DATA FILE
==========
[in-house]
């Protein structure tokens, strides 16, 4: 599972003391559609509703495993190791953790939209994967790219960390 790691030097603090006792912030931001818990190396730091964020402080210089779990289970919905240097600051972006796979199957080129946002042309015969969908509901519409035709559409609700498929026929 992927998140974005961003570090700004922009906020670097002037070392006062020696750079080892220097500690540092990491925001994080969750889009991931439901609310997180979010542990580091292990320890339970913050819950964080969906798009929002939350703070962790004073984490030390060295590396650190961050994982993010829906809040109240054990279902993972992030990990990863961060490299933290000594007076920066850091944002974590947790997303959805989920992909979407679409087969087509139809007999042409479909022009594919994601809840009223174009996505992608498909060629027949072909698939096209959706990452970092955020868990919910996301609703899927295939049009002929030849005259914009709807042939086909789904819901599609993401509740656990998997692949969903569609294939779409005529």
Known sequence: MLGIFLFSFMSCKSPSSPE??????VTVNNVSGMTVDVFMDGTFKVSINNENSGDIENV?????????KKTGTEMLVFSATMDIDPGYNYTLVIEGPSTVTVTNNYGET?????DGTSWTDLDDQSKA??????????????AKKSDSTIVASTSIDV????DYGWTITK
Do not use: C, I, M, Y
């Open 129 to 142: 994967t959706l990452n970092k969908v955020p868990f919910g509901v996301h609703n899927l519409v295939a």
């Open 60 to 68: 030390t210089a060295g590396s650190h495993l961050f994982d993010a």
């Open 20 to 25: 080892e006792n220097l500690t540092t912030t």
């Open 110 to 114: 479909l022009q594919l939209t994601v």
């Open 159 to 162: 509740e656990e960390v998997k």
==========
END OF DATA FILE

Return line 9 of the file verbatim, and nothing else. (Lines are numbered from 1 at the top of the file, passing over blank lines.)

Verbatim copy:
């Open 159 to 162: 509740e656990e960390v998997k």